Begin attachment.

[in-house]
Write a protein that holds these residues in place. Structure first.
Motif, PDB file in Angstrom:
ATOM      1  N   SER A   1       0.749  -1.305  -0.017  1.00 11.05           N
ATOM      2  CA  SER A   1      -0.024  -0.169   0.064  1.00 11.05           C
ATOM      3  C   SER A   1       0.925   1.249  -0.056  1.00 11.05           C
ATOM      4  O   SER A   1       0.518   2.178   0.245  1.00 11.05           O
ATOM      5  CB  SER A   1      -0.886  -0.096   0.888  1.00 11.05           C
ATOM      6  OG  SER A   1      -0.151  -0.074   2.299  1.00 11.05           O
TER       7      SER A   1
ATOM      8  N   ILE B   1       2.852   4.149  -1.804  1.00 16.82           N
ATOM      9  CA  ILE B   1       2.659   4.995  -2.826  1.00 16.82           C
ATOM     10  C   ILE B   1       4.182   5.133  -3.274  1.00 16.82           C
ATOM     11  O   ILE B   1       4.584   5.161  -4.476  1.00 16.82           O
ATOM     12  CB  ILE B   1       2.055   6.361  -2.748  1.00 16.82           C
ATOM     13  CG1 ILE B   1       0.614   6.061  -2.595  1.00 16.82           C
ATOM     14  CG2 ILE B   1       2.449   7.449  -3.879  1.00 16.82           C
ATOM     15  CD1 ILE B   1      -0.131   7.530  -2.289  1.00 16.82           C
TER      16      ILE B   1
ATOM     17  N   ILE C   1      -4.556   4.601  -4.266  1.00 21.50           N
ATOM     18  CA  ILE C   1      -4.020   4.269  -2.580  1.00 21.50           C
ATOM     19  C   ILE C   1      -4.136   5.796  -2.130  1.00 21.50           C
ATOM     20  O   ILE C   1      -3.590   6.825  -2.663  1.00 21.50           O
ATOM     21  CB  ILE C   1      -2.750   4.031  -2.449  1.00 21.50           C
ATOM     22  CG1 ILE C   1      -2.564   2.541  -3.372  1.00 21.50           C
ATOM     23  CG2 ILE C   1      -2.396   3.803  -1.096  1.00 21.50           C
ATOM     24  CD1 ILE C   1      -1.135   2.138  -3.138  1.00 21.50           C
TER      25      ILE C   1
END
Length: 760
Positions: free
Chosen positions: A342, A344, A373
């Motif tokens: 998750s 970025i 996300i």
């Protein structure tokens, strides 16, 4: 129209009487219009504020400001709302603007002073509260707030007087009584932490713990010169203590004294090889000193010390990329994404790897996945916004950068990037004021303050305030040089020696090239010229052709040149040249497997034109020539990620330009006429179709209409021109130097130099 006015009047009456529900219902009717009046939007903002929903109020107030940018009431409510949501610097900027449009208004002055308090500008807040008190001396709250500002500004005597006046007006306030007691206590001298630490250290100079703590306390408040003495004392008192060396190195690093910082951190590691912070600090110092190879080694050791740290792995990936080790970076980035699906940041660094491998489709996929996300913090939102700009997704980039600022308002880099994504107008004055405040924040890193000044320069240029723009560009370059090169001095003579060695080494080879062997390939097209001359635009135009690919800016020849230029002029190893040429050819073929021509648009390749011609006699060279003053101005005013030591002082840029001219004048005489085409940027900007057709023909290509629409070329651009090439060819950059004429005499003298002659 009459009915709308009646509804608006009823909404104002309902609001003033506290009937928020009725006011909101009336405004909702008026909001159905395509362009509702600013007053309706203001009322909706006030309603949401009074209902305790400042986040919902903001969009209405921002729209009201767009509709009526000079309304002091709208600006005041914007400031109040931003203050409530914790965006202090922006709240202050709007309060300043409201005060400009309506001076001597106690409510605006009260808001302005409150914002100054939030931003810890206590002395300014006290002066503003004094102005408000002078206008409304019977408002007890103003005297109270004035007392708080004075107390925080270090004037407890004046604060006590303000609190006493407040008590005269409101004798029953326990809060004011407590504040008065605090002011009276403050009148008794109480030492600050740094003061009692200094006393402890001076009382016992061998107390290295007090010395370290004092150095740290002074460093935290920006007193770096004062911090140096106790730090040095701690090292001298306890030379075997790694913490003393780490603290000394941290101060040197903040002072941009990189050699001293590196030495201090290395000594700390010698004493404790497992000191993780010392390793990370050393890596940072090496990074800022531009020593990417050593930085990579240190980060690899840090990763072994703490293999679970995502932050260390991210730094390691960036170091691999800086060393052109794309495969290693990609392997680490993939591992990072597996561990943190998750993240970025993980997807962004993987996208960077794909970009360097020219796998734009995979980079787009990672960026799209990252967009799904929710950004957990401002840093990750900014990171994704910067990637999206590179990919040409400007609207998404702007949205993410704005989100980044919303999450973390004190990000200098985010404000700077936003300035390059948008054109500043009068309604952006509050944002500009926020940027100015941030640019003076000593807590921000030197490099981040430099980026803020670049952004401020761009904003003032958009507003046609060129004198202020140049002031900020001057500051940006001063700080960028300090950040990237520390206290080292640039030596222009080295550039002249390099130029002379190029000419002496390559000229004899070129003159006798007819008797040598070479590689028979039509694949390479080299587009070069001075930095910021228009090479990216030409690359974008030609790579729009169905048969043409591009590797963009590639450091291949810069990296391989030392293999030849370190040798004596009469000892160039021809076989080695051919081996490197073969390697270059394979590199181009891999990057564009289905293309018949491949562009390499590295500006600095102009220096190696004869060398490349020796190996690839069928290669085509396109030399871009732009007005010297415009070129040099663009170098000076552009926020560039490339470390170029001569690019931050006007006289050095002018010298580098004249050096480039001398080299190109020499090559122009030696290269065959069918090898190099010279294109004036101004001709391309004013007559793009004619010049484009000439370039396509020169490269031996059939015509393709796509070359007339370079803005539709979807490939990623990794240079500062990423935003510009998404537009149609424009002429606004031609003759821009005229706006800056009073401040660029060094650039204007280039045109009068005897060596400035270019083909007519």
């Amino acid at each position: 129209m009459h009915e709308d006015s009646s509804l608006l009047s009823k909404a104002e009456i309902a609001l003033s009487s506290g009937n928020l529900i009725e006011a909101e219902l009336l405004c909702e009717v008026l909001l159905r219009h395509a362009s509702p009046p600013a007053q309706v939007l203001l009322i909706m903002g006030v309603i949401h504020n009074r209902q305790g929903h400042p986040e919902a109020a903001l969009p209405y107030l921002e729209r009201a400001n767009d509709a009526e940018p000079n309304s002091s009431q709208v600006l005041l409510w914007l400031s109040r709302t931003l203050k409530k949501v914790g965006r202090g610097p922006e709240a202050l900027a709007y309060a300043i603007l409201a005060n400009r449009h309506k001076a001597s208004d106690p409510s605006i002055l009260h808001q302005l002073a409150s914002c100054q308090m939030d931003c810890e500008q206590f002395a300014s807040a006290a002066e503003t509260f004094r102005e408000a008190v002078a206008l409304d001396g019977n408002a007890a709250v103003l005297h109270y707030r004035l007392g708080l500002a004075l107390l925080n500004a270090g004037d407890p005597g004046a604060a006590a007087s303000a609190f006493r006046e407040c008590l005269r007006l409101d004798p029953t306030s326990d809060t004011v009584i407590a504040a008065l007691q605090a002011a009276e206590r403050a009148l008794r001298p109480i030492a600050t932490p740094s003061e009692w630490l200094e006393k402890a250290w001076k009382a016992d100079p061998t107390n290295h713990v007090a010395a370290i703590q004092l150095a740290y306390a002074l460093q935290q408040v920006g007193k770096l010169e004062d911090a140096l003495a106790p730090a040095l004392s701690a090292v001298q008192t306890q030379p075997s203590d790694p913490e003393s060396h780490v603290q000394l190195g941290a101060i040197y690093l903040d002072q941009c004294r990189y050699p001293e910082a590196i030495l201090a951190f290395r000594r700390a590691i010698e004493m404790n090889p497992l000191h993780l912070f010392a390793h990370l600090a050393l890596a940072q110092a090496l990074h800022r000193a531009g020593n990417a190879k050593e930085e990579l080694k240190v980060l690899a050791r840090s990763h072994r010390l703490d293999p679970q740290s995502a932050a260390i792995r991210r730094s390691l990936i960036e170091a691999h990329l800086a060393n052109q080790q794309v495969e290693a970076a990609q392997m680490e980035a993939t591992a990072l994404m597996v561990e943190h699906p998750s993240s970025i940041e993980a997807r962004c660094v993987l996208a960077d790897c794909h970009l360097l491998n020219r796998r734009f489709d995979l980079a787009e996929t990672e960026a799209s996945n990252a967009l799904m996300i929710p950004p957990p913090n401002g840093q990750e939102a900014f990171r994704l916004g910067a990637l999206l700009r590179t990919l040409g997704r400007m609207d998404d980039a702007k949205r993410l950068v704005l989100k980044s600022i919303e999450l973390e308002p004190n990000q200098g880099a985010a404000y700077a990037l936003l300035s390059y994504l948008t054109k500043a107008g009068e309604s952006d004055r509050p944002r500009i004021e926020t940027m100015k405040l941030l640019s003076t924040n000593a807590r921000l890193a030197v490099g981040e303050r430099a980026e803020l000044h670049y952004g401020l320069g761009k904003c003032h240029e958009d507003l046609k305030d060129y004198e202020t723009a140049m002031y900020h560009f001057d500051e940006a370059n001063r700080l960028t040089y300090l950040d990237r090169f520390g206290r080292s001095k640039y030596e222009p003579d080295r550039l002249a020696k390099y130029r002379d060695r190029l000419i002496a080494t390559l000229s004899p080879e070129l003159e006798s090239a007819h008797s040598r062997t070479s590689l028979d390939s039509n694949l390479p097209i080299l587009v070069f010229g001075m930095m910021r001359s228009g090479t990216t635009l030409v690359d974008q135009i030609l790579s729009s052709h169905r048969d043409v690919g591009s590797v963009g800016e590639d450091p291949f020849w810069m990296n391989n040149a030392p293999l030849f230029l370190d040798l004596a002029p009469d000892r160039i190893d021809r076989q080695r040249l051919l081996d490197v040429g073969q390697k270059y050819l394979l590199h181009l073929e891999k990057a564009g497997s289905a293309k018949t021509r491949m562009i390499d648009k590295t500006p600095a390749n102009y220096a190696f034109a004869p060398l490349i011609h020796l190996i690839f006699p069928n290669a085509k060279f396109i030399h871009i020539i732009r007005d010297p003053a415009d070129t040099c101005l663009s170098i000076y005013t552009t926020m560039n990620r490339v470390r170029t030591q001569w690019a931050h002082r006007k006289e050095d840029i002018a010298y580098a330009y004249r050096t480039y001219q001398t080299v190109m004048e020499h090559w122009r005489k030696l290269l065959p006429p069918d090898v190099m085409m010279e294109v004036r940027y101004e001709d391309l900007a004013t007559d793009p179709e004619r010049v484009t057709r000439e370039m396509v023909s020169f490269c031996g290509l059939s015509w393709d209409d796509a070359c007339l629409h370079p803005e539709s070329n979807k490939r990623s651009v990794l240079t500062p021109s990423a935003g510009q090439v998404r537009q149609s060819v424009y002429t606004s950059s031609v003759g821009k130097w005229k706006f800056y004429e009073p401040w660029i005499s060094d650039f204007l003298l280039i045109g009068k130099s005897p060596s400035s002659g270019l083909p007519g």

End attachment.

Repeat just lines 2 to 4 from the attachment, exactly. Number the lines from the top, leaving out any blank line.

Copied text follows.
Write a protein that holds these residues in place. Structure first.
Motif, PDB file in Angstrom:
ATOM      1  N   SER A   1       0.749  -1.305  -0.017  1.00 11.05           N